Winter Sea Kayaking

I live in North Shore, MA and kayak and go ocean kayaking. I am thinking of trying winter kayaking, but I am not sure of the best kind of gear to use. My kayak is a sit on top so I know I will have to get a sit-in. Does anyone have any recommendations for the best kayak for winter sea kayaking? Is a drysuit the best to wear? They are so expensive! I go out alone so I want to make sure I am safe. Any suggestions?

you need more than a sit-inside kayak

– Last Updated: Oct-15-10 4:48 PM EST –

Ocean paddling alone in winter without experience and "safe" don't fit in the same sentence. What you really need is to join up with a group of competent, experienced paddlers who can show you some safety features of winter paddling AND take you along on some easy paddles. And that's before you start buying a whole lot of gear. It's knowledge and judgment that help keep you safe. In your shoes I'd want to go out in winter, too. But the risks go up dramatically, so it helps to learn from people who understand the risks and can teach you how to increase your margin of safety - and give you a chance to practice self- and assisted rescues in cold water. In winter I always try to have several ways to rescue myself -- not just one. (Yes, I do have a drysuit -- great for cold water -- but it's not the most important thing.)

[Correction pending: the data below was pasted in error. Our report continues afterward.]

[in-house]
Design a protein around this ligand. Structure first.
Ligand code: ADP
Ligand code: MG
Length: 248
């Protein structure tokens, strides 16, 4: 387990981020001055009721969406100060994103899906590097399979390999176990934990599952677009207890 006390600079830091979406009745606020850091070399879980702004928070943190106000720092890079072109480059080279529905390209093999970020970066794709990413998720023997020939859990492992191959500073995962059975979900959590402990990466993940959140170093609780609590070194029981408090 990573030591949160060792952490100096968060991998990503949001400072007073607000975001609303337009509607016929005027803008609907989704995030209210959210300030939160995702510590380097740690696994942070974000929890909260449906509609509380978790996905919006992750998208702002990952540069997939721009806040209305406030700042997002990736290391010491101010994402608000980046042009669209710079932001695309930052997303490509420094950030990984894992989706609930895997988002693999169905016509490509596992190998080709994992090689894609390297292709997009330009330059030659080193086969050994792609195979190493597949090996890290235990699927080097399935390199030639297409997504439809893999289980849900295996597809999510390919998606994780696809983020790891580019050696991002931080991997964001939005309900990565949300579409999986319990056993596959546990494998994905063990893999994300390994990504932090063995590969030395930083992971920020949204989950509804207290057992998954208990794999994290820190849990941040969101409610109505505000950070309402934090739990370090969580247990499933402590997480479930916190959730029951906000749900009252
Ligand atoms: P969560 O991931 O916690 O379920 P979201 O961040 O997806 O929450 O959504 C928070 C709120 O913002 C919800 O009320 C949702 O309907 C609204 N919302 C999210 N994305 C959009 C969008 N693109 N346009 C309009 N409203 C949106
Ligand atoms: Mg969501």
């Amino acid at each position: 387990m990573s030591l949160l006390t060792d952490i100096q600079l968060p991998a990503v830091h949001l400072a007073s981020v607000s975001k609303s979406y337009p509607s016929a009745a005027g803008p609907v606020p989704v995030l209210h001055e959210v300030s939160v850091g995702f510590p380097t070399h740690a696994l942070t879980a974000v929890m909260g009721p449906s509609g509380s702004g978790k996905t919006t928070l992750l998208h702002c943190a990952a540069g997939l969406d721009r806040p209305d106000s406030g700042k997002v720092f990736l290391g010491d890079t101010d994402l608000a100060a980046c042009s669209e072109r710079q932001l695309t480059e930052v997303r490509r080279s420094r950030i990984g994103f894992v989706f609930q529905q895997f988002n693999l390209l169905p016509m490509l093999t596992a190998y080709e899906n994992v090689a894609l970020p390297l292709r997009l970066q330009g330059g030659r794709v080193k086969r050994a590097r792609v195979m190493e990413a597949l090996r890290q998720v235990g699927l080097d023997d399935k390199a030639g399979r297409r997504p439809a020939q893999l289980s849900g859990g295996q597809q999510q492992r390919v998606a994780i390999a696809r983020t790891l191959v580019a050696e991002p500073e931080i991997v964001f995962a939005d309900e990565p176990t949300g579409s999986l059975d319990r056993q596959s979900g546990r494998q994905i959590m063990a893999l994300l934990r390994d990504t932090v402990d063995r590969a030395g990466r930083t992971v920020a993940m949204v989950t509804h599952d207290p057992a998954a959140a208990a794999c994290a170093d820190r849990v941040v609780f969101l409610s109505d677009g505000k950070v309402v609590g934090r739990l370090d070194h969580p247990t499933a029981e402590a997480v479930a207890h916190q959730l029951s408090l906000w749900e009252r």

Local Coast Guard Auxillary
Get in touch with the branch closest to you. They are a wealth of information and can assist you with safety training, which you will need. By asking the question "Do I need a dry suit, you do not have the skills nor are you prepared to winter kayak, in my opinion. Nothing personal, just an easy way to die that you should avoid.

Also go to AMC’s (Appalachian Mountain Club) web site and look at their sea kayaking site and schedule. You cannot go along on a sea kayaking event with them unless you demonstrate the ability to wet exit and self rescue.